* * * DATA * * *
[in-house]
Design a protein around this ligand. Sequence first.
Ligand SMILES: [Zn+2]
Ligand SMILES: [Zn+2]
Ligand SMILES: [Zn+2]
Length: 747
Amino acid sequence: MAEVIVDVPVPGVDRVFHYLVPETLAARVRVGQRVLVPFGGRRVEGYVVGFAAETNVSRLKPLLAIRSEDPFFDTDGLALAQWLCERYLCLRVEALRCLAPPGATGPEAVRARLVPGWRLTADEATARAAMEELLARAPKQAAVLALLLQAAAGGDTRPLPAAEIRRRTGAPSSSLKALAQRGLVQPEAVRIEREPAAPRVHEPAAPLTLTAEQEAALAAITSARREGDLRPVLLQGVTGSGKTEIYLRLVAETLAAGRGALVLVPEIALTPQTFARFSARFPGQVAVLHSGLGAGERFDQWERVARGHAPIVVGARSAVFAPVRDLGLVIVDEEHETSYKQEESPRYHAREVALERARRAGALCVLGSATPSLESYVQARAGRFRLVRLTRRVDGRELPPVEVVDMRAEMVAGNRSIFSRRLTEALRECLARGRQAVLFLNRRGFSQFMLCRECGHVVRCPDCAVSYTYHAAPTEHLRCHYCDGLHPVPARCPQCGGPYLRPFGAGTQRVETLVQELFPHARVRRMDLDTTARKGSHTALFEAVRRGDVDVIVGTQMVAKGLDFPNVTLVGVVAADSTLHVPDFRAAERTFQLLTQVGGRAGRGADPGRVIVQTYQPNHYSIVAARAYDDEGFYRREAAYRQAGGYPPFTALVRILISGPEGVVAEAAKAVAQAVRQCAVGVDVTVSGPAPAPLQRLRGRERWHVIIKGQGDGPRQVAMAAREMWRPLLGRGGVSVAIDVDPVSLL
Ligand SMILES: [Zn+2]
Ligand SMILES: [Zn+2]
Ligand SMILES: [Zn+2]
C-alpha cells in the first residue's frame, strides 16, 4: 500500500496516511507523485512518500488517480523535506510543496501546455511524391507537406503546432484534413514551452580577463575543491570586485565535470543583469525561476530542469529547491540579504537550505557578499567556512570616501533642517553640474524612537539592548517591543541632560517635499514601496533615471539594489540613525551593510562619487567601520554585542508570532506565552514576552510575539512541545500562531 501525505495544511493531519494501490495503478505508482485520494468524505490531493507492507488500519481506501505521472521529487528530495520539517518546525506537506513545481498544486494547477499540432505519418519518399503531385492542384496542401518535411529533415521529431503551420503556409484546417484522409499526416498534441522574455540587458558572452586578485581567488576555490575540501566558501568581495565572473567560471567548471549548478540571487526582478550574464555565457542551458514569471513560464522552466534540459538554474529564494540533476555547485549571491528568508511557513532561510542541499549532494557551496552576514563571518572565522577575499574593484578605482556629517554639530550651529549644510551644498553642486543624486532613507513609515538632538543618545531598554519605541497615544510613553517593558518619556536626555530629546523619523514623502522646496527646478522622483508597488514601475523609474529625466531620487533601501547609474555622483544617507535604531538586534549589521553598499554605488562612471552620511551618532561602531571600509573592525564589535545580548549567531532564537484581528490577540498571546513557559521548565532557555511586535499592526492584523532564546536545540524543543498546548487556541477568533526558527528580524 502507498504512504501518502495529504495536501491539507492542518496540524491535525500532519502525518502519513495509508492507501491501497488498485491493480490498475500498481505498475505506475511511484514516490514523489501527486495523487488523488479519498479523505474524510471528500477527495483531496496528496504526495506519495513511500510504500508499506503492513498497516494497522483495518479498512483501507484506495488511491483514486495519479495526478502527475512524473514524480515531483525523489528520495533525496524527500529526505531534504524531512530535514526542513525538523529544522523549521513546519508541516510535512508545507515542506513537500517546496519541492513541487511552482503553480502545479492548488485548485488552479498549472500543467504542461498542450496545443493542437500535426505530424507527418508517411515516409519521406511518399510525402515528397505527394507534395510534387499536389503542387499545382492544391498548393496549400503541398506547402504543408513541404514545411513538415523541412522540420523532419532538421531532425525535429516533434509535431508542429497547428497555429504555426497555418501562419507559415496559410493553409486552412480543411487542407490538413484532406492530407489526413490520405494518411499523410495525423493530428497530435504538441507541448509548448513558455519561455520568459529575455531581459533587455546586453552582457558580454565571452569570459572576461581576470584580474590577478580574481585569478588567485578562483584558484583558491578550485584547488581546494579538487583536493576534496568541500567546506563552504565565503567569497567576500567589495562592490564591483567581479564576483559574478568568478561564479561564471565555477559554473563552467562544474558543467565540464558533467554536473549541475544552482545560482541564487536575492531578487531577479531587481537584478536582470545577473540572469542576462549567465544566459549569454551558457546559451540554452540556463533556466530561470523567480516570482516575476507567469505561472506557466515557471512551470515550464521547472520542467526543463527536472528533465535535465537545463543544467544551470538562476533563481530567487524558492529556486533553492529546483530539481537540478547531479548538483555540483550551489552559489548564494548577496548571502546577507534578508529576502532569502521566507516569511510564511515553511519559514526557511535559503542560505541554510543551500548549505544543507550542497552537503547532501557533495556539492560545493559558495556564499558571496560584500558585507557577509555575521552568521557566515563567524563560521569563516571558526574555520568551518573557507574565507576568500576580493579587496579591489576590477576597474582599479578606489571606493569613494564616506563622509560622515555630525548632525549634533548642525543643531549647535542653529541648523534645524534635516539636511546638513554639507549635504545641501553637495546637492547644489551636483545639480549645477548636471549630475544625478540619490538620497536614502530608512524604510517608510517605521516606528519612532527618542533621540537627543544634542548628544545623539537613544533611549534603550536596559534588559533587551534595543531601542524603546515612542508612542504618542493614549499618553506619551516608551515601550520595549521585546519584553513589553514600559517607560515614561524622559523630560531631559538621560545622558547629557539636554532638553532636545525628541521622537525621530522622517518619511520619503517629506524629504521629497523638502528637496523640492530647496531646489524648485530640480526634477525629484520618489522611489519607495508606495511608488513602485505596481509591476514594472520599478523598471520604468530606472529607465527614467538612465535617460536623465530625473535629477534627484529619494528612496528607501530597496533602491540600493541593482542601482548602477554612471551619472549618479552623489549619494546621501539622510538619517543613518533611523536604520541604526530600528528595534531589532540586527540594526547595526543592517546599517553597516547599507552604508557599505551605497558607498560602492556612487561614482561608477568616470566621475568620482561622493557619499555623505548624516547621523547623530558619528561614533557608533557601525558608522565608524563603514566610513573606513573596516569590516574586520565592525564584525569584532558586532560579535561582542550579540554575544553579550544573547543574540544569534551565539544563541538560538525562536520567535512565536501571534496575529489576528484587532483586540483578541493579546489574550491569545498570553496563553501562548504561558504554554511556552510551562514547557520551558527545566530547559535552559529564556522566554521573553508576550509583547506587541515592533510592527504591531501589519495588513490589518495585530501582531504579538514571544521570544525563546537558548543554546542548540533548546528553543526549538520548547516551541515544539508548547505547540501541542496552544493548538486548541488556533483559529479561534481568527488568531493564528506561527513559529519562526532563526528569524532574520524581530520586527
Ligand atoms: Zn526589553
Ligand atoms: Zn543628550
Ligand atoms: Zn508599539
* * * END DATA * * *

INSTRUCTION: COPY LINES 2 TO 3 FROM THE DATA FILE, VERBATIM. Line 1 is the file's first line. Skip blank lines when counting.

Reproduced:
Design a protein around this ligand. Sequence first.
Ligand SMILES: [Zn+2]